If this sounds like you, let me introduce you to pavers, ember mats, and fire pad protectors.
Pavers are concrete bricks that protect the surfaces under them from heat damage. Concrete’s non-flammability shines through here as well. Here’s an article we wrote about whether you can put a fire pit on top of pavers.
With time, pavers will get dehydrated and crack. They are concrete blocks, after all. However, your concrete yard under them will be as safe as a tortoise in its shell. Replacing pavers is super cheap, which elevates their usability as shields for your patio.
For the aesthetically minded fire pit owners, pavers present an opportunity to decorate your space further. You can arrange them unassumingly, enabling them to accentuate your backyard while protecting the concrete.
Fire bricks are additionally applicable as concrete surface liners. As a result of being made of clay, fire bricks boast a higher tolerance to heat than their concrete counterparts.
Ember mats act as barriers between fire pits and the surfaces beneath them.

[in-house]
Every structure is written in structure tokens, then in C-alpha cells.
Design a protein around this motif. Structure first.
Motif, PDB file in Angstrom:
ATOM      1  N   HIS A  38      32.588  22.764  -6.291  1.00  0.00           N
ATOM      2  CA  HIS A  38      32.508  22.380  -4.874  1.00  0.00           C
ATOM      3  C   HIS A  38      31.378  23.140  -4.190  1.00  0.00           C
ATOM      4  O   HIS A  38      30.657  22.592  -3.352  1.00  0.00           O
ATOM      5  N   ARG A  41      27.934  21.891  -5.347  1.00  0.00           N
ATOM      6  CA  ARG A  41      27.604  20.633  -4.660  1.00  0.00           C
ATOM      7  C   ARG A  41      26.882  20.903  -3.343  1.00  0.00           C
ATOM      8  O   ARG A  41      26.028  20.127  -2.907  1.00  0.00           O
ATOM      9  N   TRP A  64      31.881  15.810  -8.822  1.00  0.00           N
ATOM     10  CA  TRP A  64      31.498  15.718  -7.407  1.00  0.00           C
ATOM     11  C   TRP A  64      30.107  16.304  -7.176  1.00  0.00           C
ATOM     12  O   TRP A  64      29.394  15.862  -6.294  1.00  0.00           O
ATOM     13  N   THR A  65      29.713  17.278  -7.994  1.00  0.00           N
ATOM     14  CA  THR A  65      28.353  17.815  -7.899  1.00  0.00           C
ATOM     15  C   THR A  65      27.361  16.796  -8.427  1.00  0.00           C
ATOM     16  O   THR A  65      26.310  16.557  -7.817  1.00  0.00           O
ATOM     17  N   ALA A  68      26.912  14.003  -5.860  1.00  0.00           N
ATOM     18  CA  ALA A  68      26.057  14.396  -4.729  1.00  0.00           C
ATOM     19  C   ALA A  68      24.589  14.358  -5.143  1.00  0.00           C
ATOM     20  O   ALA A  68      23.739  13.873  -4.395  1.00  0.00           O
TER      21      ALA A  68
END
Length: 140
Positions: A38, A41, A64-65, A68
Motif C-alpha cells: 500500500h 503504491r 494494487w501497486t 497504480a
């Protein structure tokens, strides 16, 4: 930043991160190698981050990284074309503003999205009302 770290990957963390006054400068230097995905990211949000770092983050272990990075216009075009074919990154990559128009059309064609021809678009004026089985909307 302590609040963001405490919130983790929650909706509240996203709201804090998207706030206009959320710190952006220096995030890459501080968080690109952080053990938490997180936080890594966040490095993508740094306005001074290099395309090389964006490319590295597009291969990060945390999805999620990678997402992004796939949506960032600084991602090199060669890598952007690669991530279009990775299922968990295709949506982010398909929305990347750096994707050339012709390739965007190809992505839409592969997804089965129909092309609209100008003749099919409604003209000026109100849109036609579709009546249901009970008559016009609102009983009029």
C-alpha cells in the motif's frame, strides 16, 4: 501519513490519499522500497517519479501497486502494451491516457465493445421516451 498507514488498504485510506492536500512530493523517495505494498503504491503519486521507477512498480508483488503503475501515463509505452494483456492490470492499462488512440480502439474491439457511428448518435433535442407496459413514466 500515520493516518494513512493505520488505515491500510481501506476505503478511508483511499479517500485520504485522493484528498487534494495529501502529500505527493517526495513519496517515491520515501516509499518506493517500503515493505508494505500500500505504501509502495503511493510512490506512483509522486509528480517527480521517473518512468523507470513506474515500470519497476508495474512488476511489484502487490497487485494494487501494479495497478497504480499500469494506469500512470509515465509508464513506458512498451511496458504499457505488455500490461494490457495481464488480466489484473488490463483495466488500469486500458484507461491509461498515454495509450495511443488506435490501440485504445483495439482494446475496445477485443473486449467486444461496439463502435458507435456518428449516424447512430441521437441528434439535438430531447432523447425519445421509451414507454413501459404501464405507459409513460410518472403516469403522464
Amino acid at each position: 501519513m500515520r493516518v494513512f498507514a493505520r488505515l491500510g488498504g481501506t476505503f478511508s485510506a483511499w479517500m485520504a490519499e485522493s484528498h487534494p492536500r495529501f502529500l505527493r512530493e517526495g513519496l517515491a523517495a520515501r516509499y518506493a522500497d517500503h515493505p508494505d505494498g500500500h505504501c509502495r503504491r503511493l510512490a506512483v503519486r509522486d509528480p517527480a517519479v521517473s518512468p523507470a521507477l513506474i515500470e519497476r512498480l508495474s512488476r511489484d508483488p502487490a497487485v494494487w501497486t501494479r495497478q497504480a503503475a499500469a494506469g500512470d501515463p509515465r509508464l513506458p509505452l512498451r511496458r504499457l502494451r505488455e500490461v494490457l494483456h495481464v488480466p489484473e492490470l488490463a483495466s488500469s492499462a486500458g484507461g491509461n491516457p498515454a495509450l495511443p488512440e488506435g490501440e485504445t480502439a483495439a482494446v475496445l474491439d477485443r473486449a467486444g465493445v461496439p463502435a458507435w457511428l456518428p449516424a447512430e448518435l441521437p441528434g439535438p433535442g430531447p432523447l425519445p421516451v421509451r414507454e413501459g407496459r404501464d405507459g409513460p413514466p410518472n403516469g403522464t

Their functionality is multipronged–they’ll keep any dropping embers, charcoal, or grease from messing up your concrete.
Thanks to their fiberglass and silicone exterior, ember mats are a breeze to clean, an aspect that will appeal to those who hate sweeping up pavers.
They are more costly to replace, though. And you’ll need to replace them relatively frequently as they aren’t nearly as rugged as pavers or fire bricks.
Fire Pad Protectors
These aluminum devices take patio preservation to the next level. They’re supposed to be placed about 6 in (15 cm) under the heat source. Then, the magic happens.
According to Newtex, their iteration of this protector reflects about 95% of the heat back to the fire pit, transforming it into a foolproof fire barrier.
To optimize their reflective properties, you’ll need to get any falling embers off such fire pad protectors frequently.
Crank Down the Heat
If you’re opposed to any of the above measures, you can always use smaller fires on your portable fire pit. A reduced fire will still do most things you need it to do, all while extending your patio’s lifespan.
Unfortunately, you will still have to reckon with gravity. Grease, charcoal, and embers are bound to fall on your concrete surface.
The high temperature emitted from a portable fire pit gradually damages concrete. Factors like the kind of aggregate and the presence of rebars determine just how bad the destruction will be. Fortunately, you can take several preventative measures to retain your concrete’s flawless look.